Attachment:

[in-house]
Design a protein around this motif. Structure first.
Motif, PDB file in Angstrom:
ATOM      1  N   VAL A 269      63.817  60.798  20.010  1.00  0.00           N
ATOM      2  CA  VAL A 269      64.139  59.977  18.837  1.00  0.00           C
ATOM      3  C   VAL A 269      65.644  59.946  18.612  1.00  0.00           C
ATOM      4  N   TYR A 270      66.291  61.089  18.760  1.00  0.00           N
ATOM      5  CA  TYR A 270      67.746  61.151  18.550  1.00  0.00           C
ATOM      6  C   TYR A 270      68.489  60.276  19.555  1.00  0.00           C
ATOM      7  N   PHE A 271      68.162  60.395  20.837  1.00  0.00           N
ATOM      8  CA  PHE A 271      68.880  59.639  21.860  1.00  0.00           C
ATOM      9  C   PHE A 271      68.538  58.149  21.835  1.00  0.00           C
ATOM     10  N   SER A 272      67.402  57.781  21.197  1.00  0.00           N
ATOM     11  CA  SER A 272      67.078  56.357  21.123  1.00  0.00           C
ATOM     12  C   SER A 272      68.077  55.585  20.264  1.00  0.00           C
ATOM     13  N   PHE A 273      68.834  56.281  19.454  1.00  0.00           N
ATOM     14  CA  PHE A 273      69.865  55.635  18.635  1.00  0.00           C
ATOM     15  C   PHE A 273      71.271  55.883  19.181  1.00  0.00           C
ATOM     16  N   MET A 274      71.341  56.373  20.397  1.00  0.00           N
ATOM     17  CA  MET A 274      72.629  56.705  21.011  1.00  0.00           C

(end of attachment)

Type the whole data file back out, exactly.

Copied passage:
[in-house]
Design a protein around this motif. Structure first.
Motif, PDB file in Angstrom:
ATOM      1  N   VAL A 269      63.817  60.798  20.010  1.00  0.00           N
ATOM      2  CA  VAL A 269      64.139  59.977  18.837  1.00  0.00           C
ATOM      3  C   VAL A 269      65.644  59.946  18.612  1.00  0.00           C
ATOM      4  N   TYR A 270      66.291  61.089  18.760  1.00  0.00           N
ATOM      5  CA  TYR A 270      67.746  61.151  18.550  1.00  0.00           C
ATOM      6  C   TYR A 270      68.489  60.276  19.555  1.00  0.00           C
ATOM      7  N   PHE A 271      68.162  60.395  20.837  1.00  0.00           N
ATOM      8  CA  PHE A 271      68.880  59.639  21.860  1.00  0.00           C
ATOM      9  C   PHE A 271      68.538  58.149  21.835  1.00  0.00           C
ATOM     10  N   SER A 272      67.402  57.781  21.197  1.00  0.00           N
ATOM     11  CA  SER A 272      67.078  56.357  21.123  1.00  0.00           C
ATOM     12  C   SER A 272      68.077  55.585  20.264  1.00  0.00           C
ATOM     13  N   PHE A 273      68.834  56.281  19.454  1.00  0.00           N
ATOM     14  CA  PHE A 273      69.865  55.635  18.635  1.00  0.00           C
ATOM     15  C   PHE A 273      71.271  55.883  19.181  1.00  0.00           C
ATOM     16  N   MET A 274      71.341  56.373  20.397  1.00  0.00           N
ATOM     17  CA  MET A 274      72.629  56.705  21.011  1.00  0.00           C